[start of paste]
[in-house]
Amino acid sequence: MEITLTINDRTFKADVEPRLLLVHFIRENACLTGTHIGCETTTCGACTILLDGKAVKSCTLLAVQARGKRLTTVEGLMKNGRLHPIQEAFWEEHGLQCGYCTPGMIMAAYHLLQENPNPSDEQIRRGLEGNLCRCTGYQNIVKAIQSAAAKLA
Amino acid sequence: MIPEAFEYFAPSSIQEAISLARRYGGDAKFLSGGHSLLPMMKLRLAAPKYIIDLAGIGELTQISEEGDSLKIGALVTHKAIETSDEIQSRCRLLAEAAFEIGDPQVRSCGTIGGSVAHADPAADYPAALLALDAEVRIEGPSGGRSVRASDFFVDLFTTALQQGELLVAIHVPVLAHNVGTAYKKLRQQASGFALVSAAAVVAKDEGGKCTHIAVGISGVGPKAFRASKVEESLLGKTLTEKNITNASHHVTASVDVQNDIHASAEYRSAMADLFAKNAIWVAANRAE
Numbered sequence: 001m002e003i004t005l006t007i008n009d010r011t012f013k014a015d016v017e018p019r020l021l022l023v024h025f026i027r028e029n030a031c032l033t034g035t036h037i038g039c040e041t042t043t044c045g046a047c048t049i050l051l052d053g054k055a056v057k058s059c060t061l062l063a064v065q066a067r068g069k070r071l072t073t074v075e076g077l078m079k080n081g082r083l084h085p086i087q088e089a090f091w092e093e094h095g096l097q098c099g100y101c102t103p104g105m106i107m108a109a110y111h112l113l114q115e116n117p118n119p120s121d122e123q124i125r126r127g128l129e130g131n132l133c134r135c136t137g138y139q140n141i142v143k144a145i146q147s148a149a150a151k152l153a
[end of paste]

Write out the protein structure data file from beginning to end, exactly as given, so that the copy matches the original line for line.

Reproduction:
[in-house]
Amino acid sequence: MEITLTINDRTFKADVEPRLLLVHFIRENACLTGTHIGCETTTCGACTILLDGKAVKSCTLLAVQARGKRLTTVEGLMKNGRLHPIQEAFWEEHGLQCGYCTPGMIMAAYHLLQENPNPSDEQIRRGLEGNLCRCTGYQNIVKAIQSAAAKLA
Amino acid sequence: MIPEAFEYFAPSSIQEAISLARRYGGDAKFLSGGHSLLPMMKLRLAAPKYIIDLAGIGELTQISEEGDSLKIGALVTHKAIETSDEIQSRCRLLAEAAFEIGDPQVRSCGTIGGSVAHADPAADYPAALLALDAEVRIEGPSGGRSVRASDFFVDLFTTALQQGELLVAIHVPVLAHNVGTAYKKLRQQASGFALVSAAAVVAKDEGGKCTHIAVGISGVGPKAFRASKVEESLLGKTLTEKNITNASHHVTASVDVQNDIHASAEYRSAMADLFAKNAIWVAANRAE
Numbered sequence: 001m002e003i004t005l006t007i008n009d010r011t012f013k014a015d016v017e018p019r020l021l022l023v024h025f026i027r028e029n030a031c032l033t034g035t036h037i038g039c040e041t042t043t044c045g046a047c048t049i050l051l052d053g054k055a056v057k058s059c060t061l062l063a064v065q066a067r068g069k070r071l072t073t074v075e076g077l078m079k080n081g082r083l084h085p086i087q088e089a090f091w092e093e094h095g096l097q098c099g100y101c102t103p104g105m106i107m108a109a110y111h112l113l114q115e116n117p118n119p120s121d122e123q124i125r126r127g128l129e130g131n132l133c134r135c136t137g138y139q140n141i142v143k144a145i146q147s148a149a150a151k152l153a